Monday, 29 February 2016



The objectives for the National Curriculum have recently changed and for the first time this year students in Year 2 and 6 will be tested on their reasoning skills in maths. This now involves the completion of multi step word problems.  Maths word problems can seem daunting to students. However there are questions and strategies that you can encourage your child to apply which can   develop their confidence in their mathematical reasoning and support them in recording their thinking as they complete word problems.
Encourage your child to read and re-read the question attempting a word problem.  Some children may find it useful to sketch or even build a simple model in order to visualise and understand the question.  Colour coding, circling, underlining or boxing key words are also effective tools in developing an understanding of the question.  At this stage, your child should ask themselves, “What is the problem asking?"  Your child should also consider and predict what a reasonable answer to the question might be.
As your child solves the word problem they should record their thinking and strategies; for example: by working backwards through the problem, using lists or charts and noting any patterns.  During the solving process, your child should consider if their strategy is effective.  Recording their thinking is important as marks can be awarded for using the correct method.
After solving the problem, encourage your child to check their calculations and ask themselves if they have answered the question, and that their answer makes sense.  Finally, they should write their answer in a sentence using mathematical vocabulary.

The following mnemonics - RUCSAC and CUBES- are useful strategies in to use in developing a problem solving skills.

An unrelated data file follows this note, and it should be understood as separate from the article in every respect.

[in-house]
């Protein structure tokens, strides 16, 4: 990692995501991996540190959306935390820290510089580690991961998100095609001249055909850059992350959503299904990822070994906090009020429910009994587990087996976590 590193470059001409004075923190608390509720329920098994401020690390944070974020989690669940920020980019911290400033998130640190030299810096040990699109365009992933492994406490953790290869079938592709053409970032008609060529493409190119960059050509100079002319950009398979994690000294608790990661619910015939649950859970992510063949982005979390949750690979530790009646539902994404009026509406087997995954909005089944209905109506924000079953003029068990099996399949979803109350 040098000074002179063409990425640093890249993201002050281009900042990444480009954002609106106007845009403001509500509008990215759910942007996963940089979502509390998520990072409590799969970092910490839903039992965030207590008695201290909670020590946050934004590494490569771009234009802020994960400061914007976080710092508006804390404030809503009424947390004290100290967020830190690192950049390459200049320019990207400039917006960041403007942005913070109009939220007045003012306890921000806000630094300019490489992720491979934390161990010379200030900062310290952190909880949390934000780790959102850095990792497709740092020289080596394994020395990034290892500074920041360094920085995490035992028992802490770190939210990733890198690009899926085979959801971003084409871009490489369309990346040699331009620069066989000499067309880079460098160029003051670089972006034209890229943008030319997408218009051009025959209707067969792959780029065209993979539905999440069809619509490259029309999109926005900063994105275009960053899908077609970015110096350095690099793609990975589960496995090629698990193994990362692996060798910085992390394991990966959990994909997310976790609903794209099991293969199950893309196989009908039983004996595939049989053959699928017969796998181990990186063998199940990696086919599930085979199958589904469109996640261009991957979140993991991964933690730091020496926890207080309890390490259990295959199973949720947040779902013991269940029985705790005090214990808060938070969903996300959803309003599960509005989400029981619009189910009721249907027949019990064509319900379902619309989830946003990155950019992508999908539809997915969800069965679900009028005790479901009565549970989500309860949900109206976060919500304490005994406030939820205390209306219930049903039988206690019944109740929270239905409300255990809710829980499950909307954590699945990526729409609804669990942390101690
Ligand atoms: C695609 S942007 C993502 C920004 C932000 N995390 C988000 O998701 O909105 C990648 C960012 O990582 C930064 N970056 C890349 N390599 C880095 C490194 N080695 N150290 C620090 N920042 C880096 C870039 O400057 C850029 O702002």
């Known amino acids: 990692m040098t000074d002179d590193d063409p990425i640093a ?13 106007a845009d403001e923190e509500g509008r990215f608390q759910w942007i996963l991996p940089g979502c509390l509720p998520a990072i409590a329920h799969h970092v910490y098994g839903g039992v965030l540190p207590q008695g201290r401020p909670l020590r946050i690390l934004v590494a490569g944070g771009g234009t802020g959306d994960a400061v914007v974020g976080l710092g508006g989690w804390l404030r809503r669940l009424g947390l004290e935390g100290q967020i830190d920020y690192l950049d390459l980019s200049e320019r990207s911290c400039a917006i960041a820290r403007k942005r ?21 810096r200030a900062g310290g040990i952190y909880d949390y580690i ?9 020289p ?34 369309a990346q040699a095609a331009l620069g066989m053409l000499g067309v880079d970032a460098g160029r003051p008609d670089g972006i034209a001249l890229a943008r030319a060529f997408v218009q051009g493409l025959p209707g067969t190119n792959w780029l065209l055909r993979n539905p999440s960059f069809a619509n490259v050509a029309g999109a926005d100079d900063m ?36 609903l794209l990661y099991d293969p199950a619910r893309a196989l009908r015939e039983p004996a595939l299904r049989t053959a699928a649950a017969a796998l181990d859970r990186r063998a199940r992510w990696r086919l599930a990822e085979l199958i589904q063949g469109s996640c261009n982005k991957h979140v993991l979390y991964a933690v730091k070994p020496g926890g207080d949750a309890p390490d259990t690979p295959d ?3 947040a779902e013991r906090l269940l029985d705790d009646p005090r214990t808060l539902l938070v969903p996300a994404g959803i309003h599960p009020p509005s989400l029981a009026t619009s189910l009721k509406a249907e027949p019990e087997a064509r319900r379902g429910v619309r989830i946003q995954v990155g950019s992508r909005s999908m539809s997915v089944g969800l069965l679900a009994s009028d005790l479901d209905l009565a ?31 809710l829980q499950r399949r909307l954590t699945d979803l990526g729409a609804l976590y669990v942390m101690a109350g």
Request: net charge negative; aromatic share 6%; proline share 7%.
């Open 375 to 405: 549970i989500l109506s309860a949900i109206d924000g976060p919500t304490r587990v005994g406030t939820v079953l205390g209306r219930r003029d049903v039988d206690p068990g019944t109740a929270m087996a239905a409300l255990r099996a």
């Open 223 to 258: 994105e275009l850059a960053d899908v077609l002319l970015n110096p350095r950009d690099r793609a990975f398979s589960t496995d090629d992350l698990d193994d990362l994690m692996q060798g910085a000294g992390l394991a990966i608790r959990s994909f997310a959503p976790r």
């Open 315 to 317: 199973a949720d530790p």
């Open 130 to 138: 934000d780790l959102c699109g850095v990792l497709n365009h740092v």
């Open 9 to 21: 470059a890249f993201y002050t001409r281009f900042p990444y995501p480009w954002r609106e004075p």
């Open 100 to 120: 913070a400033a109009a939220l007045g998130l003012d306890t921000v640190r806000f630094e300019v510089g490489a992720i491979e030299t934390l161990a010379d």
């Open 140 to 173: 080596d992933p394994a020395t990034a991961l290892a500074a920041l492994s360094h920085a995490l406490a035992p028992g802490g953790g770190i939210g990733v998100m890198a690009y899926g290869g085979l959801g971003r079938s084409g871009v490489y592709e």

Read and re-read the question.
Underline key words.
Choose the operation or operations.  
   Do I need to add, subtract, multiply or divide?
Solve the problem - record thinking and strategies.
Answer the question in a sentence.
Check the answer.

Circle important words
Underline the question or questions
Box the actions
Eliminate extra unnecessary information
Solve the question and show your thinking.

Wednesday, 10 February 2016


This is a great game for practising any of the multiplication tables.  It also gives them an opportunity to use mathematical vocabulary in a real life situation. 

1. Give the students a strip of paper and ask them to divide it in quarters, or halve it and then halve it again.  (I teach students that they can multiple any number by 4 by double and double again.  Likewise they can divide by 4 by halving and halving again). 

2. Ask the children to write a multiple of the multiplication table that they are practising.  In this example I used multiples of 3.  They should a multiple in each quarter in any order.





3.  Roll two dice.  The students can choose whether to add the numbers (factors) together or select a number from one of the dice to multiply by 3.  For example:

The student can say 3 x 3 = 9 or 3 x 4 (4 x 3) = 12 or 3 x 7 (7 x 3) = 21.

4.  If the answer is in one of the end quarters, the student may rip it off. 

5.  The student should keep the ripped quarter so that you have the option of asking the student to read their numbers back to you if they think they have won. I keep a note of the numbers that have occurred in the game.

6.  If the answer is ‘trapped’ in a middle quarter the student must wait until an end has been ripped off and that number is then ‘freed.’

7.  So if the student throws the above dice, they can rip off 12, leaving them with three numbers.




8.  The game continues until a student has ripped off all four numbers.  When this happens they should call out “Lotto!”  Ask the student to read their numbers.

9.  This game can be played as a group or whole class activity.  You may find it useful to keep a note of the multiples that have been used during the game.

You may find it useful to know that I have used this game to teach the numbers in French.  It can also be adapted to teach the colours, animals, transportation in any language that your students are learning.